Metastasis: Molecular Studies and Methods Development

 

Our disease focus is on aspects of melanoma. We are currently centering on the transcription factor MITF, called by many as the master switch of the melanocyte, and its implication in melanoma, and also other critical melanoma-implicated signaling systems. We are also examining some of the cross-talk mechanisms between metastatic melanoma and normal surrounding tissue, using both animal and high throughput molecular techniques. We are also utilizing systems biology approaches, both for description of normal melanocyte function in the skin, and for modeling signalling systems and aspects of skin development.

Our group has competence on development and adaption of methodologies for molecular biology with particular relevance for cancer. These include, but are not limited to:

Gene therapy related technology, where we are trying to figure out a treatment combination to easily knock out any gene of interest in experimental systems. To do this, we have over the years been using antisense molecules, hammerhead ribozymes, peptide nucleic acids, and siRNA. In a string of papers, we have developed efficient protocols for photochemically induced gene modulation. In recent work, we have identified TAMRA as a photosensitizer, developed multifunctional PNA molecules,where one small molecule contains a fluorophor for both visualization and sensitization, a PNA antisense part, and a positively charged peptide part for endosomal entrapment. We are also working with biodegradeable molecules.

Genomics work, specifically microarray related techniques, including amplification and other ways around the problem of low amounts of sample material that is so common in for instance in a clinical cancer setting. We are also supporting the microarray project of the Norwegian Radium Hospital. We are also experimenting with high-resolution peptide-based kinase arrays and antibody cytokine arrays.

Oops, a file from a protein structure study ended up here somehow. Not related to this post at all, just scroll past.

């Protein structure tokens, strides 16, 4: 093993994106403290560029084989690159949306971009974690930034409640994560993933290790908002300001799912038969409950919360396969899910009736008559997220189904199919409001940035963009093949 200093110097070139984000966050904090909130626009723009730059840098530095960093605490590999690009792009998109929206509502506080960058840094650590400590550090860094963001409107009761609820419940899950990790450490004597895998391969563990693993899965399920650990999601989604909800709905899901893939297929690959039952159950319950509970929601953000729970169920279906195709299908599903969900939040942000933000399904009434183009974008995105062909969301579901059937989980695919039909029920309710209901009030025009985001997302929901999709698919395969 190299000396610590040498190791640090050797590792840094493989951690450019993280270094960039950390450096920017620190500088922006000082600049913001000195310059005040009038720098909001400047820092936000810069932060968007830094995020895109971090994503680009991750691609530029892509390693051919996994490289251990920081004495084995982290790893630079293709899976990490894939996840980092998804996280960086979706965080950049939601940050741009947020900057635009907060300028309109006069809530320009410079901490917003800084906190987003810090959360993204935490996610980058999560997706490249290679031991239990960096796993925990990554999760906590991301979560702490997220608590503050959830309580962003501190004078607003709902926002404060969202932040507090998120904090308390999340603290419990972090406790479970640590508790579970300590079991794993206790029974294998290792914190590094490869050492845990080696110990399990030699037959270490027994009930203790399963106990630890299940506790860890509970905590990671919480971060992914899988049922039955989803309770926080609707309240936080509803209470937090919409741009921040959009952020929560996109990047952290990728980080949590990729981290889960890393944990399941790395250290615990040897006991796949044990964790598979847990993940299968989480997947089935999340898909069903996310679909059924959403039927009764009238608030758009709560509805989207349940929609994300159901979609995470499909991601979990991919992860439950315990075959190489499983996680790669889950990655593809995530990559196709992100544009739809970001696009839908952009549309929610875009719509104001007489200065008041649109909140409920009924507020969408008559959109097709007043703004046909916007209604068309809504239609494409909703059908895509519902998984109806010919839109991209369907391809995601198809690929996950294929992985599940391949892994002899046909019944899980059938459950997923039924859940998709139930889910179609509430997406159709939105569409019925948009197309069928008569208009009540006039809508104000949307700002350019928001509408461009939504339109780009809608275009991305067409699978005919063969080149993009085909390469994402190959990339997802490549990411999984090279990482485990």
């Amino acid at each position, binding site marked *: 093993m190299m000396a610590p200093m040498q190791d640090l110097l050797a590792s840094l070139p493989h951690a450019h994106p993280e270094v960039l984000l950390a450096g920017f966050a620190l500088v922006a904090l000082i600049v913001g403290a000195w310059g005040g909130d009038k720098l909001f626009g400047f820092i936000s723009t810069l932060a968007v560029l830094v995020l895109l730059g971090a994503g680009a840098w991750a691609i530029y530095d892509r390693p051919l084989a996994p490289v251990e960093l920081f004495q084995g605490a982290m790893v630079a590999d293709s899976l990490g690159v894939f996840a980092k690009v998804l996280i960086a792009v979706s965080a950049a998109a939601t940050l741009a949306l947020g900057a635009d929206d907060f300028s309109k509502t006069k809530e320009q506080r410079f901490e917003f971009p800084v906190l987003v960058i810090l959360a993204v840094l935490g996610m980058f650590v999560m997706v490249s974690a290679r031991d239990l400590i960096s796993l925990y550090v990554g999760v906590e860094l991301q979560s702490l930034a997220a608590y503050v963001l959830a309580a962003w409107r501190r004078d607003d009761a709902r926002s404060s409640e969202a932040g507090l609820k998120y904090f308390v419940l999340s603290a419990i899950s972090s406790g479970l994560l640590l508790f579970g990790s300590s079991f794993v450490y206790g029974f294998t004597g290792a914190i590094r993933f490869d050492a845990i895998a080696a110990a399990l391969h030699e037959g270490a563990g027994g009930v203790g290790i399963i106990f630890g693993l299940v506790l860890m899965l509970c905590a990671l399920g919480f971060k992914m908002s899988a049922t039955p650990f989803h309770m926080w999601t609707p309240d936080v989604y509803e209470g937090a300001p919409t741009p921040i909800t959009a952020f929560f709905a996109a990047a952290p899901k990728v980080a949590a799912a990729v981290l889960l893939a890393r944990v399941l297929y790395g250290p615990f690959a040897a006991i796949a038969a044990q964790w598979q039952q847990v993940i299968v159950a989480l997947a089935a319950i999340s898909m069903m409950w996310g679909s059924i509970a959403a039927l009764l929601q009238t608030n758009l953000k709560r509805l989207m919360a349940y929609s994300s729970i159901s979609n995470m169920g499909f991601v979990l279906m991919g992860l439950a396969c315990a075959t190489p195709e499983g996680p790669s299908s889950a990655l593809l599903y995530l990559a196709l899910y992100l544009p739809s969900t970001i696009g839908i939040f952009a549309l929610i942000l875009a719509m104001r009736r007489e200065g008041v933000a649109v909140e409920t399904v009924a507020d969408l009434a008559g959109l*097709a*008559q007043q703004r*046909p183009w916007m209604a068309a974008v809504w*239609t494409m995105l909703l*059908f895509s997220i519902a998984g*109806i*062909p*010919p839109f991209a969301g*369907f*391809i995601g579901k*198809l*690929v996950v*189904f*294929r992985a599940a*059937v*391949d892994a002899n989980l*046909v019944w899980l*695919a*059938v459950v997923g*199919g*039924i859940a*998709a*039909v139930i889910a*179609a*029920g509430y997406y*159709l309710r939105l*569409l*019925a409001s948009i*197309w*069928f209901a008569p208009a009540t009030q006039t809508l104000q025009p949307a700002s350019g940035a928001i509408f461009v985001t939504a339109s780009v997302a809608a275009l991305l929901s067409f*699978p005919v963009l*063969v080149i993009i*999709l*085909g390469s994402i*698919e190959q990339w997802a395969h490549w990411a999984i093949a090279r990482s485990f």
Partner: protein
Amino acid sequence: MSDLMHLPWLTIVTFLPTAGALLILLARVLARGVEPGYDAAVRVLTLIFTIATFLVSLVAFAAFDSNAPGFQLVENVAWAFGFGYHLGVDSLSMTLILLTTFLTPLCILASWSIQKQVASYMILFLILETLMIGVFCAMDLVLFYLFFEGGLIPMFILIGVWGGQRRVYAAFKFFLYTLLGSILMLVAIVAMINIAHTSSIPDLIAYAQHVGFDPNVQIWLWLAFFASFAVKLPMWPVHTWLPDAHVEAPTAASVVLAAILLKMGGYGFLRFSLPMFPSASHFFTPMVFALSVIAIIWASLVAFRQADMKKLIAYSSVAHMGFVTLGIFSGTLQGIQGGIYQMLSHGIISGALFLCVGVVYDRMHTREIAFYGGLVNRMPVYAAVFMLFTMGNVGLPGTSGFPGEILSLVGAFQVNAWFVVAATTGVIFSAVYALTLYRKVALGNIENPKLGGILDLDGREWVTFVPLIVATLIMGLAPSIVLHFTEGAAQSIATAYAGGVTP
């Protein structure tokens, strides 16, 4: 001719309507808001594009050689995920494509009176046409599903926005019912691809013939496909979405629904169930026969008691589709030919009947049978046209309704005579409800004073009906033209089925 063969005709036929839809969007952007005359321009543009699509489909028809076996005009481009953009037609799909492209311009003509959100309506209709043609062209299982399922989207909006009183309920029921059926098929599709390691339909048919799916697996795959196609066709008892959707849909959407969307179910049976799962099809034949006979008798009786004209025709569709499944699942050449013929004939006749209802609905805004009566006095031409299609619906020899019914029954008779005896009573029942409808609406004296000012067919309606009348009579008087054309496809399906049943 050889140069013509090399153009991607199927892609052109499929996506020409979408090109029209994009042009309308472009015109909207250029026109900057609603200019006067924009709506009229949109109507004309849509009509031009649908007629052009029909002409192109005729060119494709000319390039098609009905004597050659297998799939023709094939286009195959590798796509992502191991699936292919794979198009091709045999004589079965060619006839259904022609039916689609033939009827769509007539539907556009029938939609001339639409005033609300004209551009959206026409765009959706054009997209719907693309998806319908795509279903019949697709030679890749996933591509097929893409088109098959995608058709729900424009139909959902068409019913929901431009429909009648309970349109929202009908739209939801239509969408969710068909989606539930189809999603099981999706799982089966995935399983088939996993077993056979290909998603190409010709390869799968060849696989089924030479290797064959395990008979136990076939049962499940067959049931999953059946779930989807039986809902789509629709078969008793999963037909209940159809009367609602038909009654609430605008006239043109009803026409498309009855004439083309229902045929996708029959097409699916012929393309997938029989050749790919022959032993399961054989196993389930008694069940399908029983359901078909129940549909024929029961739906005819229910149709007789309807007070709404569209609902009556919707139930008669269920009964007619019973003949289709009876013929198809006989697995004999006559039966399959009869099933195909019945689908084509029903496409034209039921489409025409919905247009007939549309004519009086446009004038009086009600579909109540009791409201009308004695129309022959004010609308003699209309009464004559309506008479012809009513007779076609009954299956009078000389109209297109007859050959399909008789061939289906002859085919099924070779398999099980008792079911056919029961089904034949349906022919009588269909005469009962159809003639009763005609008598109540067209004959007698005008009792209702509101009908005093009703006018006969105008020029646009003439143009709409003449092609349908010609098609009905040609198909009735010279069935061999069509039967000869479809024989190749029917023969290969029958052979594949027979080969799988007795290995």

Mutation analyses work, where we previously have been developing methods including constant denaturant gel electrophoresis (CDGE), and cycling capillary gel electrophoresis (CCGE), compilation of TP53 and CDKN2A (p16) mutation databases (the latter (Cyclin-dependent kinase inhibitor A) is listed as the one in the HUGO Locus Specific Database), as well as having available a long range of assays for most clinically relevant cancer mutation. We have also published a string of papers on aspects of endogenous mutations in the human, including the contributions from the physical aspects of the human DNA sequence.

Bioinformatics, where we have pioneered network approaches in genomic applications, applied text mining for the biomedical literature, and participated in the development of the PubGene bioinformatics company. We have also calculated the human genome melting map, developed robust systems for statistical analysis of genomic data (The genomic hyperbrowser), to name some of our topics.

Translational work, where we try to take some of our gained insights closer to the clinic is also becoming more of a focus, with the advent of deep sequencing possibilities. in our recent case study, we show how knowing the detailed molecular changes in a tumor may have implications for cancer monitoring, and eventually offer potential treatment options.

If you would like to get in touch with us on these or related topics, please do not hesitate to do so!